A few weeks back, I downloaded and printed off a free pattern for a tank top. Then, when I went to tape it all together, I couldn't bear the thought of doing all that cutting and taping, only to end up with yet another pattern that didn't fit (perhaps I've done too much taping lately). I've been sewing for years and years, and I still don't have any top patterns that I am happy with. I have made several different slopers and bought all brands of patterns and tried many methods of fitting myself and still never found the pot of gold. I decided it was time for something different.
So I took the jacket pattern that I got professional help fitting last year. The jacket has princess seams. I used this pattern to draft back to a tank top....probably the opposite direction most people take in drafting. I changed the princess seams to a bust and waist dart. Then I took in the sides, raised the armholes and drew on some design lines for the neckline and armhole. Then, rather than theoretically work out contouring effects for cut-out armholes and necklines, I decided to just make up a bunch of tops and see where things needed changing.
This was my first tank top.
I modified the pattern to remove the armhole gaping. Tank top 2.
There was a little cutting error, so the straps are a tad narrower than they should be. I am happy with the fit...it feels like I am wearing nothing.
Next up, I decided that I wanted a pattern for a tank top with wide placed straps. My first muslin is Tank Top 3.
The drapiness of the fabric exacerbated the problems of a gaping neckline. This problem was rectified with Tank Top 4, by slashing across the straps and pinching out the excess.
I thought that this one was perfect, until I started wearing it around. Then I found that the top sometimes formed a ridge at the centre front because there wasn't enough room for cross body movement. I scooped out the armholes some, which led to Tank Top 5.
Next, I wanted a more exaggerated racer cut, with a lower neck and lower armholes. Tank Top 7 is not available for photographs, as it has already been cut up (when I was momentarily distracted by the idea of a racer back cami). My second muslin is Tank Top 8.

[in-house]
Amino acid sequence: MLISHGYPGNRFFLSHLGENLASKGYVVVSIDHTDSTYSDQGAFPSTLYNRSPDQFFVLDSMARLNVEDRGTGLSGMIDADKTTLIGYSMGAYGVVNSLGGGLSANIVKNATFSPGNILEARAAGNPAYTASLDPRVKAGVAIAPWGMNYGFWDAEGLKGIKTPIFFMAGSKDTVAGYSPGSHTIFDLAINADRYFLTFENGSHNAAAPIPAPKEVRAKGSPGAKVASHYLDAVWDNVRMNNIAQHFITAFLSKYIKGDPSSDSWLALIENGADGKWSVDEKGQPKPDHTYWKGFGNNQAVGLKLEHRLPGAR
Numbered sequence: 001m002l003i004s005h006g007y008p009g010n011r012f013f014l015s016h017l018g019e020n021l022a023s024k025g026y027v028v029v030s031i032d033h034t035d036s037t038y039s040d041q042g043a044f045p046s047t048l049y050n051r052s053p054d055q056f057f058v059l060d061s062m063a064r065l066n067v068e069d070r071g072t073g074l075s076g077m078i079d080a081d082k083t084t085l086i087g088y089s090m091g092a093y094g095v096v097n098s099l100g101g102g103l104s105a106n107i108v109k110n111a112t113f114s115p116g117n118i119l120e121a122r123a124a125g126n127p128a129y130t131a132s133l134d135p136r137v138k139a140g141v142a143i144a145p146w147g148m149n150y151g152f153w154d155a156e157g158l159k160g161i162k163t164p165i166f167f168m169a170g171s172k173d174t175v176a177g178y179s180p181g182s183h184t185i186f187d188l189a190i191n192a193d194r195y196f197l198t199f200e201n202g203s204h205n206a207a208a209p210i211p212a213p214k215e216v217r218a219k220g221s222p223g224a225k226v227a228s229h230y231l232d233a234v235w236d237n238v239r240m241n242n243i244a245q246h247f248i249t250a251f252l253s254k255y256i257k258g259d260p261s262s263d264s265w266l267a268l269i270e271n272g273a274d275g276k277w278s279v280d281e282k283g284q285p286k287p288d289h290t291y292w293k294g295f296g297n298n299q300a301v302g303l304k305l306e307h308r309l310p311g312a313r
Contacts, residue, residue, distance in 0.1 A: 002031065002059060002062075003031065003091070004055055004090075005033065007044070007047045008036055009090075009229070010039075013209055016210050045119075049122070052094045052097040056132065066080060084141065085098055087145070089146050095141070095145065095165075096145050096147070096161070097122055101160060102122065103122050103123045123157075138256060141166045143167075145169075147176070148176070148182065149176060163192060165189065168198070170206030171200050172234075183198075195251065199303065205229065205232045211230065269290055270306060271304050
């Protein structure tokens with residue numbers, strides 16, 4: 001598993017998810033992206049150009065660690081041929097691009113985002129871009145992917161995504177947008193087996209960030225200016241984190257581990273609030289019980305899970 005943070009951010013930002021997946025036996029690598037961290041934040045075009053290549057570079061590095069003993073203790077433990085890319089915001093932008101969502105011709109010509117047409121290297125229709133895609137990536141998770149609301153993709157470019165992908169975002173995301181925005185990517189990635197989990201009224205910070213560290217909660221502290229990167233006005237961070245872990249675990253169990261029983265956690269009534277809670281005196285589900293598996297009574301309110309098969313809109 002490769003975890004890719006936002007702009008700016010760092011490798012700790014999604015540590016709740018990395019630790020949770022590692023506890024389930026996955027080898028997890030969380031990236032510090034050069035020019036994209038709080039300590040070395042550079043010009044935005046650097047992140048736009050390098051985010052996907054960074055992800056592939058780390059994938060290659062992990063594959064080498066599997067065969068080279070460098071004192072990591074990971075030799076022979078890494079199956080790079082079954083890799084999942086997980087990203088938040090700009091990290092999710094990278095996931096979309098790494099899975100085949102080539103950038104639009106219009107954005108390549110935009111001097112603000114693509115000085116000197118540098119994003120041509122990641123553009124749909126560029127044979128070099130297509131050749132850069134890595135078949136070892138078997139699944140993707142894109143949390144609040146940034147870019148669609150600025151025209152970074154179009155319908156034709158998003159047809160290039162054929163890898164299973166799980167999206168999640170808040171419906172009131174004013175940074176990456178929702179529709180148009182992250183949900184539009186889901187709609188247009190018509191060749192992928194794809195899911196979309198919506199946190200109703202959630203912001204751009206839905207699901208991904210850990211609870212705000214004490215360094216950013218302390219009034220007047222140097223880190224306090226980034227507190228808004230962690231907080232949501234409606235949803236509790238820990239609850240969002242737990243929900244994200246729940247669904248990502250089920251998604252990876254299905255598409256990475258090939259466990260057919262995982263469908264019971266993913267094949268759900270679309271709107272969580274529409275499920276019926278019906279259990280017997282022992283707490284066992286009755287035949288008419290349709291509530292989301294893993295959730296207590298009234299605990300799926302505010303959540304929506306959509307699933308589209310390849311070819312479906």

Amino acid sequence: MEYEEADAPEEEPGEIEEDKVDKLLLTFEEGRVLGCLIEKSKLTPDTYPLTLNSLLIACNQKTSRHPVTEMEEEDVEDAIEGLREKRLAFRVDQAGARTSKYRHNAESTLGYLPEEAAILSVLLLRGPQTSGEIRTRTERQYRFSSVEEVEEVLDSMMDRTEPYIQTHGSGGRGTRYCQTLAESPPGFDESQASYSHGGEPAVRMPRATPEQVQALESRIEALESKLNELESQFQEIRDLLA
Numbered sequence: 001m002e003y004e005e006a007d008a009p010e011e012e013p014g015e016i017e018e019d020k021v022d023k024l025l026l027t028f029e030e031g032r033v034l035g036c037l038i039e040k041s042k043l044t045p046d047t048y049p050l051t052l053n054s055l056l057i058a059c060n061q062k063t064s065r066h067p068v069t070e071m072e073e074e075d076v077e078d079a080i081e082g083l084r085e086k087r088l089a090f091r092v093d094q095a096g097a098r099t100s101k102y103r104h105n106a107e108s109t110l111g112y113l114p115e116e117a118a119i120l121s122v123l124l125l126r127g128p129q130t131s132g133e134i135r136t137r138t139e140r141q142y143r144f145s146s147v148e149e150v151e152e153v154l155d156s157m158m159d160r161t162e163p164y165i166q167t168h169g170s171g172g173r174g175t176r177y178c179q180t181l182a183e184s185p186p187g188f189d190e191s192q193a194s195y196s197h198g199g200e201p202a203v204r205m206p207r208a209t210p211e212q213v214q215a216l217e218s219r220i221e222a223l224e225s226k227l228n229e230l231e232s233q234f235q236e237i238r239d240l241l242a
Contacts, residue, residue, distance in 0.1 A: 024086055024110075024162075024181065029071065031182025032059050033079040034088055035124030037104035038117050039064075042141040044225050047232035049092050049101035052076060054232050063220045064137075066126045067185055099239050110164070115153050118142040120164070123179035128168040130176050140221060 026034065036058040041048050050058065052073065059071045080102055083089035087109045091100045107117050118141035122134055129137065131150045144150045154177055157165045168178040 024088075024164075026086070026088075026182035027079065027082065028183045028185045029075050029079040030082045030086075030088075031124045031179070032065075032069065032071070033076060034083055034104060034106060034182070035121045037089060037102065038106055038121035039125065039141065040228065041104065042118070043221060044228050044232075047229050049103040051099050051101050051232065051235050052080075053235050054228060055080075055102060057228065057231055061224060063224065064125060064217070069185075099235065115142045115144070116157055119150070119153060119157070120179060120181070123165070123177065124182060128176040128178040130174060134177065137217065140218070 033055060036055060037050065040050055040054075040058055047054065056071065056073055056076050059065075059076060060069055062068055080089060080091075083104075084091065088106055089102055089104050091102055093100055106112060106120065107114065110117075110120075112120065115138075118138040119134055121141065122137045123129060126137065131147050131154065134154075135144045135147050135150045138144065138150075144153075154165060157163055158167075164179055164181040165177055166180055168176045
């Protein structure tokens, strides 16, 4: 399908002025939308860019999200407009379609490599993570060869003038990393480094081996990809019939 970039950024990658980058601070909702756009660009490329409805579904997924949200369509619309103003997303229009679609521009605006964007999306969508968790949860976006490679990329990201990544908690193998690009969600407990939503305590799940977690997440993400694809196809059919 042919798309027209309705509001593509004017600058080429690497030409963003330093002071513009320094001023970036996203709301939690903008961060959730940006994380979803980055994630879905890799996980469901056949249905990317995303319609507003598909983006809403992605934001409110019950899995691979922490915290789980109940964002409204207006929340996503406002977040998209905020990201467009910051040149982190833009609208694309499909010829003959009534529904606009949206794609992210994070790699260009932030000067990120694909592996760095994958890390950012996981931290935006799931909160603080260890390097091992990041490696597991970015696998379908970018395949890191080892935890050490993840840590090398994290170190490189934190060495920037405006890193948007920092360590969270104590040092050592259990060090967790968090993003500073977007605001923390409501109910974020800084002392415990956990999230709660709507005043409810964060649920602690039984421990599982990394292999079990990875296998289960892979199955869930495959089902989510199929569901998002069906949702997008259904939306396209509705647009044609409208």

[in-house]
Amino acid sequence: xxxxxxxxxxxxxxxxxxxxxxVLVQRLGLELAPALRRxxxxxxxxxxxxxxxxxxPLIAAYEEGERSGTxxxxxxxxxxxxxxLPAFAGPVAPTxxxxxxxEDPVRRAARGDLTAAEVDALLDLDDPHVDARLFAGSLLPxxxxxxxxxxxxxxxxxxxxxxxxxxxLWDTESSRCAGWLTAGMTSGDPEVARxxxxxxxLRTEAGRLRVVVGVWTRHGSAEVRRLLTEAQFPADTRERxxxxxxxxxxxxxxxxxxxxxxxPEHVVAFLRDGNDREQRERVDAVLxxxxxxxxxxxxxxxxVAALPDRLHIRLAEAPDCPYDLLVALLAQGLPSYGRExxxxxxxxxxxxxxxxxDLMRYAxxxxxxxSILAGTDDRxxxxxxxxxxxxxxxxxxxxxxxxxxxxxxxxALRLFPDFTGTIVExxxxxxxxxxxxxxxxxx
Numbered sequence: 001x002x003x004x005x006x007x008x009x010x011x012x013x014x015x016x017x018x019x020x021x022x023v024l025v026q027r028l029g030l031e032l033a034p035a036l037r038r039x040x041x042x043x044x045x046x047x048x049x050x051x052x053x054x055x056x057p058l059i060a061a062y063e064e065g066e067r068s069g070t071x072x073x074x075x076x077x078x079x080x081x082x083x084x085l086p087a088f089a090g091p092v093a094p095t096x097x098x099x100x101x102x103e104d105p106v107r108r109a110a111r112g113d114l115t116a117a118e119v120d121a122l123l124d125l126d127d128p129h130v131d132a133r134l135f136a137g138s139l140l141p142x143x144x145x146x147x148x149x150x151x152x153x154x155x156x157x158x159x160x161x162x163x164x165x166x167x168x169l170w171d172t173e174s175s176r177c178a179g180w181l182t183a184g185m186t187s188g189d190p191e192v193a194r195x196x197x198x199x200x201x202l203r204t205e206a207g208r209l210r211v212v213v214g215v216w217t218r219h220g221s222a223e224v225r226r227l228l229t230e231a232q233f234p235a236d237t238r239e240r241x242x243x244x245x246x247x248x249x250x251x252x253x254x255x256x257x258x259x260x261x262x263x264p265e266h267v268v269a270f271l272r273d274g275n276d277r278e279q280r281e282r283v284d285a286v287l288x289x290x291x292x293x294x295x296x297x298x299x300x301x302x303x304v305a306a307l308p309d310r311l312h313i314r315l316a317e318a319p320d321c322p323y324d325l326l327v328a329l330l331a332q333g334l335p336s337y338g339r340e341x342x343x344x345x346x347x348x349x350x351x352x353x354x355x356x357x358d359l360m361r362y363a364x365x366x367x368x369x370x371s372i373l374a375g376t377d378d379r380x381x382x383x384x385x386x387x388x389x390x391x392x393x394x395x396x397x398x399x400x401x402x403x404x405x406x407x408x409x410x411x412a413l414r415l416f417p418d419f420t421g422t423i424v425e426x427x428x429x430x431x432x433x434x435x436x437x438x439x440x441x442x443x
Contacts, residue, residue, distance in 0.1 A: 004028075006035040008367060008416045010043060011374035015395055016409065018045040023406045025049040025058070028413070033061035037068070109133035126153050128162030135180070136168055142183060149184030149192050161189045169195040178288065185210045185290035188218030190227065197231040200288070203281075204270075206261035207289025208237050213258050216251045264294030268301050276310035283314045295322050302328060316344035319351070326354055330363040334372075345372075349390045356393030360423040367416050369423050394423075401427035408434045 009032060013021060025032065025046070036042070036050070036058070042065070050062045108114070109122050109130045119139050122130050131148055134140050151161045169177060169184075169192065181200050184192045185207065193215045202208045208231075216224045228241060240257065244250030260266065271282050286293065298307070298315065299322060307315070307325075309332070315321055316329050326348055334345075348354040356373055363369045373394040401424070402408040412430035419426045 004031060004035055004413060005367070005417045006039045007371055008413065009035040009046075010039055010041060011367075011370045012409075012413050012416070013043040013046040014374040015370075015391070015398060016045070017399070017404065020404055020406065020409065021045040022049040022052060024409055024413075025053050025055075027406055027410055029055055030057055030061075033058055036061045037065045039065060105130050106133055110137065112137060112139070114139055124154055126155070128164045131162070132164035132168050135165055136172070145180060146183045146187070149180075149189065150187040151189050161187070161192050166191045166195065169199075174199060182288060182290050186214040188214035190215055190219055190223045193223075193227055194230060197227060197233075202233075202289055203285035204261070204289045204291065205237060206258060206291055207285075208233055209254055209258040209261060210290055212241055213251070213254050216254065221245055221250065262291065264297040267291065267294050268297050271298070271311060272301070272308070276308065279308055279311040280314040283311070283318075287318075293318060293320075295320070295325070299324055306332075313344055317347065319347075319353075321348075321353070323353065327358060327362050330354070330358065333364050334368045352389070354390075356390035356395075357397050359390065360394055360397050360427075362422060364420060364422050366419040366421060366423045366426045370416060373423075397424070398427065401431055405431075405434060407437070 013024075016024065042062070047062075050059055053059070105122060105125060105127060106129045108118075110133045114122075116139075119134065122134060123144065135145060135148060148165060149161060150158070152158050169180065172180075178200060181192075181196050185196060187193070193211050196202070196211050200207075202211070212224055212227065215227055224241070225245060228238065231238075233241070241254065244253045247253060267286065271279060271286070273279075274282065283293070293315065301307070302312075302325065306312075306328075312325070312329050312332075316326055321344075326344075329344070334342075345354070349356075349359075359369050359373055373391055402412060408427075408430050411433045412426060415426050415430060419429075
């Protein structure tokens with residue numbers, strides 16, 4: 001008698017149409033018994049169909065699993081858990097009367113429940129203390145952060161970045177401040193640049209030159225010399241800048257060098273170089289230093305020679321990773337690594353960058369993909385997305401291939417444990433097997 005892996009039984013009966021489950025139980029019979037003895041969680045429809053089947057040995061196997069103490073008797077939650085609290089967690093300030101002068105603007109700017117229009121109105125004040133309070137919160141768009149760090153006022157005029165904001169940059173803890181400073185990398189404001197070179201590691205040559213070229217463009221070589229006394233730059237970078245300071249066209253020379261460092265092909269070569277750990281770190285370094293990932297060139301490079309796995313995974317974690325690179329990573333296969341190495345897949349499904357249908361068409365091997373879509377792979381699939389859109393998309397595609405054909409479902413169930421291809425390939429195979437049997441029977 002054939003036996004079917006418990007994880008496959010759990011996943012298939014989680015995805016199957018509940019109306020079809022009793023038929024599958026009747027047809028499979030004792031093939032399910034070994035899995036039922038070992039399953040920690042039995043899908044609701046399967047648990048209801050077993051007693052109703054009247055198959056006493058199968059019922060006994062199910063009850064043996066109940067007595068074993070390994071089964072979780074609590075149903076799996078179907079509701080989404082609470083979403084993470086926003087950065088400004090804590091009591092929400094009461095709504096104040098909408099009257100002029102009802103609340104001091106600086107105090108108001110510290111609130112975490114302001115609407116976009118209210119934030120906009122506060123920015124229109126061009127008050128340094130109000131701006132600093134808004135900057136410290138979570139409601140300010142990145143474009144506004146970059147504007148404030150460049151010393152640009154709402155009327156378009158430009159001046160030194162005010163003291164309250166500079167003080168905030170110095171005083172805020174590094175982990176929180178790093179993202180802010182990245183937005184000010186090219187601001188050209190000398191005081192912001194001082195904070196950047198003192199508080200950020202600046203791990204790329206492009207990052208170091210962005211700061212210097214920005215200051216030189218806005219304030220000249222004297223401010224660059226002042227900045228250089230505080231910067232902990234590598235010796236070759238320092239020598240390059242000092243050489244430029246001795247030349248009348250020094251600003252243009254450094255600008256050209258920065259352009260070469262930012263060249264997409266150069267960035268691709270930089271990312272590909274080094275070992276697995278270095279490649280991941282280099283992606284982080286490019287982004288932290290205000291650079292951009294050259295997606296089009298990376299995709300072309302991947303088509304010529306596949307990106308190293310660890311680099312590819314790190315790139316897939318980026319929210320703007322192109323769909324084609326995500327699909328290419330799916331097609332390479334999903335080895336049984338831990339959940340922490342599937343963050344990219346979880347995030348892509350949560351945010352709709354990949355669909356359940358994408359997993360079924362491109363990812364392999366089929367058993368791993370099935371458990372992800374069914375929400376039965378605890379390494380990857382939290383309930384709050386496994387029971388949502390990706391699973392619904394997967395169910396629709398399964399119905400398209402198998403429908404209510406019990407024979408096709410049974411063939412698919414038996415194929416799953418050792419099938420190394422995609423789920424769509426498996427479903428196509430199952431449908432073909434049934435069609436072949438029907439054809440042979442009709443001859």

At the end of that exercise, I have 4 tank patterns that I am happy with; a basic tank, a wide-necked tank, a high necked tank with cut-away armholes and a racer-back. An ideal plan would then be to make these up in fabrics I love, possibly adding details and embellishments. In practice, though, I feel like I have a drawer full of tanks now, even if they were made out of scrap fabric, so have no burning desire to make "real" versions just yet.
Another bonus of this exercise is that I have refined and practised my method of binding the armholes and necklines after all these and am quite comfortable with that process now.
The next phase of my plan is a set of basic sleeveless top patterns.
I have been coveting Sew Indigo's Missoni dress ever since it first featured on the Tessuti website. Not any more, though, because now I have my very own.
The pattern is Pattern No. 2, the one-piece side drape top, from Drape Drape Vol. 2. The fabric is from EmmaOneSock (still available). My pattern wouldn't fit on the fabric as indicated in the book. To get it to fit, my stripes are more horizontal on the front and vertical on the back.
I used my personal tank top pattern to modify the shape of the neckline and armholes.
The fabric is a bit sheer, so on some occasions, a slip may be necessary. Most of my slips are a bit long or have the wrong shape neckline. I was wearing this slip, now worn as a nightie, when I was sewing the dress, and surprisingly it works okay, possibly because it has shrink a lot (fabric fail) and the straps have stretched out.